The Master and Margarita

“Your interlocutor was at Pilate’s, and had breakfast with Kant, and now he’s visiting Moscow.”

The devil comes to Soviet Moscow.

Written during Stalin’s 1930’s and first published in 1967, The Master and Margarita is Russian author and playwright Mikhail Bulgakov’s story about the Devil and his “retinue” showing up in Moscow.  What follows is both hilarious and bizarre.  Bizarre, actually, would be a euphemism.

A Professor W. (which stands for Woland we are to later find out) forces his way into a conversation between two Muscovites:  Berlioz, a literary critic, and Ivan Homeless, a poet.  Woland is amused and dumbfounded to find out that Berlioz and Ivan are materialists and that they do not accept the historicity of Yeshua (Jesus).  Woland tells them his story (which is a story put into book form by “The Master”–who is currently residing in an insane asylum after having burned his book and given up on society) about being at Yeshua’s trial alongside Pontius Pilate.

Berlioz ends up dying–after being told by Woland how and when he was going to die.  Ivan, after seeing Berlioz’s death play out the exact way in which it was described by Woland, ends up in an insane asylum.  The same asylum as The Master.

Woland and his retinue (Koroviev, who wears a pince-nez.  Azazello, who has fiery red hair, a fang-tooth, and wears a bowler hat.  Hella, his maid-servant.  And Behemoth, a black cat the size of a hog who walks on his hind legs and talks) put on a “black magic” show for the citizens at a local theater.  As a result of the show a few more end up in the asylum and a ripple of general chaos is spread throughout Moscow.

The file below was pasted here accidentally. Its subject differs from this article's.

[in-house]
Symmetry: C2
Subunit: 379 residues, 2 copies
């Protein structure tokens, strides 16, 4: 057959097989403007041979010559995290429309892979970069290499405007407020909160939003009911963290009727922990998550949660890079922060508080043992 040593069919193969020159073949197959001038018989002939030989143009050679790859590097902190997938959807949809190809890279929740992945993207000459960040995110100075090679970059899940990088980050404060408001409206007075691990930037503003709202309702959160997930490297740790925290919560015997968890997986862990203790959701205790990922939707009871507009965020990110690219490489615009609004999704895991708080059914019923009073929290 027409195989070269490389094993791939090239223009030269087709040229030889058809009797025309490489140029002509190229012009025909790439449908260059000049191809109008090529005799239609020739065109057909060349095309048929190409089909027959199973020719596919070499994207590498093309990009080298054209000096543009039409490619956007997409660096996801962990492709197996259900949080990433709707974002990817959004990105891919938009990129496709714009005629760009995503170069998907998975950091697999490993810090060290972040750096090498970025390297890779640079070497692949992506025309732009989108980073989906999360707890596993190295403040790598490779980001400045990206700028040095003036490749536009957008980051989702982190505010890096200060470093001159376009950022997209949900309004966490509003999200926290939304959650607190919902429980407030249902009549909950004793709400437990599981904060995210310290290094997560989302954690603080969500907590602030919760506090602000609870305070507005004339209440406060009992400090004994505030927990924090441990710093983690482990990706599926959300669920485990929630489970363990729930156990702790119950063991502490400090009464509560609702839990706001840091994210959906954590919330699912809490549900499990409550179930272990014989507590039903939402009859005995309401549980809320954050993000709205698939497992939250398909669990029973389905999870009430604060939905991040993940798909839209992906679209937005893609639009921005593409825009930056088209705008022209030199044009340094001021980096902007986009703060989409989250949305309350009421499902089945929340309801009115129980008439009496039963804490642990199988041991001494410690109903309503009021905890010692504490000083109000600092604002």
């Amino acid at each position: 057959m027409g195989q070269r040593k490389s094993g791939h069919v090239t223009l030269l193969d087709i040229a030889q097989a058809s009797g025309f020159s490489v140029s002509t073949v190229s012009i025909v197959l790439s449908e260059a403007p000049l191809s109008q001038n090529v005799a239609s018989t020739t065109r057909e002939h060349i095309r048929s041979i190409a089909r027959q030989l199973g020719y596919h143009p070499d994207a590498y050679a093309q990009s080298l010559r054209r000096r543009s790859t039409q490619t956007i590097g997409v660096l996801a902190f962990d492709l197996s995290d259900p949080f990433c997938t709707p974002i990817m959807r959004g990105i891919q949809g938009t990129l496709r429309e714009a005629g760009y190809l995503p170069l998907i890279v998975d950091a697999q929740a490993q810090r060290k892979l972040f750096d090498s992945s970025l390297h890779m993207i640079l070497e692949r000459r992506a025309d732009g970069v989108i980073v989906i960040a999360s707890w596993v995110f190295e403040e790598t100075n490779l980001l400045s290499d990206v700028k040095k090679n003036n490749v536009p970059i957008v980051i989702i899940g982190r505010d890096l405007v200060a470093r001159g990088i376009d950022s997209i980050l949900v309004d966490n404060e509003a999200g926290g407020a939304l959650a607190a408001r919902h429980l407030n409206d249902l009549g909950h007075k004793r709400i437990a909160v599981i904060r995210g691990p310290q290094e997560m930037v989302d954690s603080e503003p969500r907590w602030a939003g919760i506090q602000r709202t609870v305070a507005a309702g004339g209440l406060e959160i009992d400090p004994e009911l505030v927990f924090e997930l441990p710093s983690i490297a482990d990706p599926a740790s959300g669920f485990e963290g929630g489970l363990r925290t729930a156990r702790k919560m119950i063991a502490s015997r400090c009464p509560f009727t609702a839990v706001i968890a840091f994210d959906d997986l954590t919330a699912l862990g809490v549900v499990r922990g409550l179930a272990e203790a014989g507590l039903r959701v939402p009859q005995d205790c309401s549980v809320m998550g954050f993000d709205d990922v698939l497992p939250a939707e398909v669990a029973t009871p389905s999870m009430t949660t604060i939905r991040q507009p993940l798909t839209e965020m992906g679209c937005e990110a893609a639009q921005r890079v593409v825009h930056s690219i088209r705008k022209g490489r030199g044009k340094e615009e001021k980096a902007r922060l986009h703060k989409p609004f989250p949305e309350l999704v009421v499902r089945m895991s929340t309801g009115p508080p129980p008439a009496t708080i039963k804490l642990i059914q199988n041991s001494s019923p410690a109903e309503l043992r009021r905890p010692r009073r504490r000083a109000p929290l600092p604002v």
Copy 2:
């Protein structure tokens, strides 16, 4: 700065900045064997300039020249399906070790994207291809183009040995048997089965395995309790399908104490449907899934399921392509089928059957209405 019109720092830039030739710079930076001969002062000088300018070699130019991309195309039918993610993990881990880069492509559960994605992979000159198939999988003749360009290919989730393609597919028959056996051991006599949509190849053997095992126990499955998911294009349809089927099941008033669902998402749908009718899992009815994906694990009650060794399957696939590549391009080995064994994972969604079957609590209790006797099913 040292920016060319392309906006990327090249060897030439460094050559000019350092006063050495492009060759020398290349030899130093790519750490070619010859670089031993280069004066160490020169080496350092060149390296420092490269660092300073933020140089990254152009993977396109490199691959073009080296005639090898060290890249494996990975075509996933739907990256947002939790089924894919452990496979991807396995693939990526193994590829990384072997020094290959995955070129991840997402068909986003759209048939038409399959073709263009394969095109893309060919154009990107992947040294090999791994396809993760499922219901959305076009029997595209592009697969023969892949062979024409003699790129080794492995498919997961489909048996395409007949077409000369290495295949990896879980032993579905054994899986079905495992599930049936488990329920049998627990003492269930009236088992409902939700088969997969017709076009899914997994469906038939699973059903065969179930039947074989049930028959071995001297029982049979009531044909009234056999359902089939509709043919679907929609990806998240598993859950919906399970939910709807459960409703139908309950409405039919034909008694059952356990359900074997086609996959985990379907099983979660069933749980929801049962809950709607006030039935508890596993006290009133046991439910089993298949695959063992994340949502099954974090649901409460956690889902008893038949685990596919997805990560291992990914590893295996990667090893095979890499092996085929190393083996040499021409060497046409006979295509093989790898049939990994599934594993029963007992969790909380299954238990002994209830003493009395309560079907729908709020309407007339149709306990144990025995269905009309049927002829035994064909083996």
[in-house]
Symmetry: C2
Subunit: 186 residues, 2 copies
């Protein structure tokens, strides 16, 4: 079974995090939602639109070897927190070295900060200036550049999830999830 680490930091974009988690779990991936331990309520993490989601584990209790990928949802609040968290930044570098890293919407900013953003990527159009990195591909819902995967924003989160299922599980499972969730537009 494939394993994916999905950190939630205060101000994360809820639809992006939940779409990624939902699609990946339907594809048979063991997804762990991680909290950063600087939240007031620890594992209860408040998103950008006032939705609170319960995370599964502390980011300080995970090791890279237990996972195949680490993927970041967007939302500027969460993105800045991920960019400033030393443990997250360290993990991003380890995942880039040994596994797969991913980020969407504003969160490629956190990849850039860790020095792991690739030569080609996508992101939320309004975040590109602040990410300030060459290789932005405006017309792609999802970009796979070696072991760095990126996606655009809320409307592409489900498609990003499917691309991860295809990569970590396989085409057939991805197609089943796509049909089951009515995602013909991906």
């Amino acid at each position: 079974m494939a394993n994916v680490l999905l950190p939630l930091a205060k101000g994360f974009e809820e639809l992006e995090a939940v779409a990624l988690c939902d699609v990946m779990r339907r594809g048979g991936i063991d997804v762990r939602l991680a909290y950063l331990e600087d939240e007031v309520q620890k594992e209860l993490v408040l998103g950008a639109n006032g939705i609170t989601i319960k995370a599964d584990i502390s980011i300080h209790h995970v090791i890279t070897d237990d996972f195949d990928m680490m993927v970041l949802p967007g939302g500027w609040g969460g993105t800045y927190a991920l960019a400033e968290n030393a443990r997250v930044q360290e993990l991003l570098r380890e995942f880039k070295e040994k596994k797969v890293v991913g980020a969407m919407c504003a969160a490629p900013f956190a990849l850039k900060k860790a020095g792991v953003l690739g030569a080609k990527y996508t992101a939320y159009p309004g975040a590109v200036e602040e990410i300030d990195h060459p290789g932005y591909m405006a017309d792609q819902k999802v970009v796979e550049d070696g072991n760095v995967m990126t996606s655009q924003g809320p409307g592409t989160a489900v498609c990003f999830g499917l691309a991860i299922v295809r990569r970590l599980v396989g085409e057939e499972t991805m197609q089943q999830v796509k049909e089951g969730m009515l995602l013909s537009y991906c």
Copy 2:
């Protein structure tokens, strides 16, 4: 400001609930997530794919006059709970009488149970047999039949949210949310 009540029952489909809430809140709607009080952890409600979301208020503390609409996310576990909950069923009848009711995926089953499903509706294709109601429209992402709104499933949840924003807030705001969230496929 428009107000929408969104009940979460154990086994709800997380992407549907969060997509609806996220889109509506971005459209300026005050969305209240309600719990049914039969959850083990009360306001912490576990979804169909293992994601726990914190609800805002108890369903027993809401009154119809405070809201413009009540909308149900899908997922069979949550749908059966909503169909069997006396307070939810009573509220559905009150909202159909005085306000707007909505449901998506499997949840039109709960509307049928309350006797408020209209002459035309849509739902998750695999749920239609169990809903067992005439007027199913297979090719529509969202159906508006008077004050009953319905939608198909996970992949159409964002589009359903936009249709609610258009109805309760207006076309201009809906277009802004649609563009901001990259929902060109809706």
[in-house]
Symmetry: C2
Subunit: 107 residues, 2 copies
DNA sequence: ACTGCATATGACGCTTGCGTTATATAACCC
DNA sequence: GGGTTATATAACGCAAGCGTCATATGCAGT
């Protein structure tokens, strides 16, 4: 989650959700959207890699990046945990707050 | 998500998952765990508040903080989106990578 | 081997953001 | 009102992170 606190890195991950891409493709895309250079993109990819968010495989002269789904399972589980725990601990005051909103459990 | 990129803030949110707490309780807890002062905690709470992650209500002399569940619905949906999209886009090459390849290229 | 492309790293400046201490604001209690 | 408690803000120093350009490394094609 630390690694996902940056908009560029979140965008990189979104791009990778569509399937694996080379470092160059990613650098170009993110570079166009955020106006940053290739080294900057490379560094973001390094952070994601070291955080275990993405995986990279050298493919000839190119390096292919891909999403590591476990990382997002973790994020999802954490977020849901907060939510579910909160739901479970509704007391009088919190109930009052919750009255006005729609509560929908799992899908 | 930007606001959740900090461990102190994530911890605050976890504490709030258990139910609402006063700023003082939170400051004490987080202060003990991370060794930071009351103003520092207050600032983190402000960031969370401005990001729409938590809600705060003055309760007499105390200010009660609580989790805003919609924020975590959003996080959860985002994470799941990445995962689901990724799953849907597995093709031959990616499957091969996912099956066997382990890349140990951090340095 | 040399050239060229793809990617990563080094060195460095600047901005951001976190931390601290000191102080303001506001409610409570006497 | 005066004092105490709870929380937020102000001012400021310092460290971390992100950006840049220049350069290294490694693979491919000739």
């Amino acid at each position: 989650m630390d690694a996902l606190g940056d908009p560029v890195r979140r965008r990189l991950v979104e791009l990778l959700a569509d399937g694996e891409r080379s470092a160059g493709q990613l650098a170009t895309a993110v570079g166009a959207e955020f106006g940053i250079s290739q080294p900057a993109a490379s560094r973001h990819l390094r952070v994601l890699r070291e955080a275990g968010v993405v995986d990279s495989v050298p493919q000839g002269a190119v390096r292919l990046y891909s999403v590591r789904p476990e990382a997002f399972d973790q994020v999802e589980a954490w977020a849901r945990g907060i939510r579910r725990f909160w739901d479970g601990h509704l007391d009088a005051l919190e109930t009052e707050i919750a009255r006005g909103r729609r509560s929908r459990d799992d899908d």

The novel is split into two “books” and the first book ends with this chaos of missing persons and delusions.  The second book deals more with The Master and his lover Margarita.  Woland invites Margarita to a midnight “ball” he is putting on and afterwards rewards her with a wish.  She chooses to be reunited with her lover from the insane asylum, The Master, and for his book about Pilate (which The Master had burned due to its lack of interest for publication) to be restored.  Woland grants this wish.

Azazello retrieves The Master and Margarita from their home where they have poisoned themselves and brings them along with Woland and the others away from the city to some sort of limbo or other-world afterlife.

Throughout the story, The Master’s book (an intentionally inaccurate fictionalization of the Gospels) about Pontius Pilate and the events surrounding the death of Yeshua is interwoven with the narrative of Woland and his “consultation” in Moscow.  It seems Woland has come to Moscow to create supernatural disturbances among the citizenry and to retrieve or, possibly, to rescue The Master and his lover Margarita from the material world.

Bizarre is a euphemism.

This edition was translated by Richard Pevear and Larissa Volokhonsky.  Their notes throughout the book are absolutely essential to helping understand the context and meaning of Bulgakov’s work.  I’m not sure this is a book to recommend to anyone other than those interested in Soviet-era literature.  For a full understanding of The Master and Margarita, multiple readings seem necessary as well as online sources to help reveal the various layers of the narrative and the many references/parallels to historical figures and ideas, as well as its satirical jabs at the Soviet system.

If this idea of the devil appearing throughout history seems familiar, you might be a Rolling Stones fan.  In the song “Sympathy for the Devil” historical events are recounted through the eyes of the Devil.  According to Wikipedia, Mick Jagger was well aware of and had read Bulgakov’s book (first published in 1967.  “Sympathy for the Devil” was a track released on the 1968 album Beggars Banquet) and used it as a source of inspiration, along with the writings of Baudelaire.

 

 

 

 

 

 

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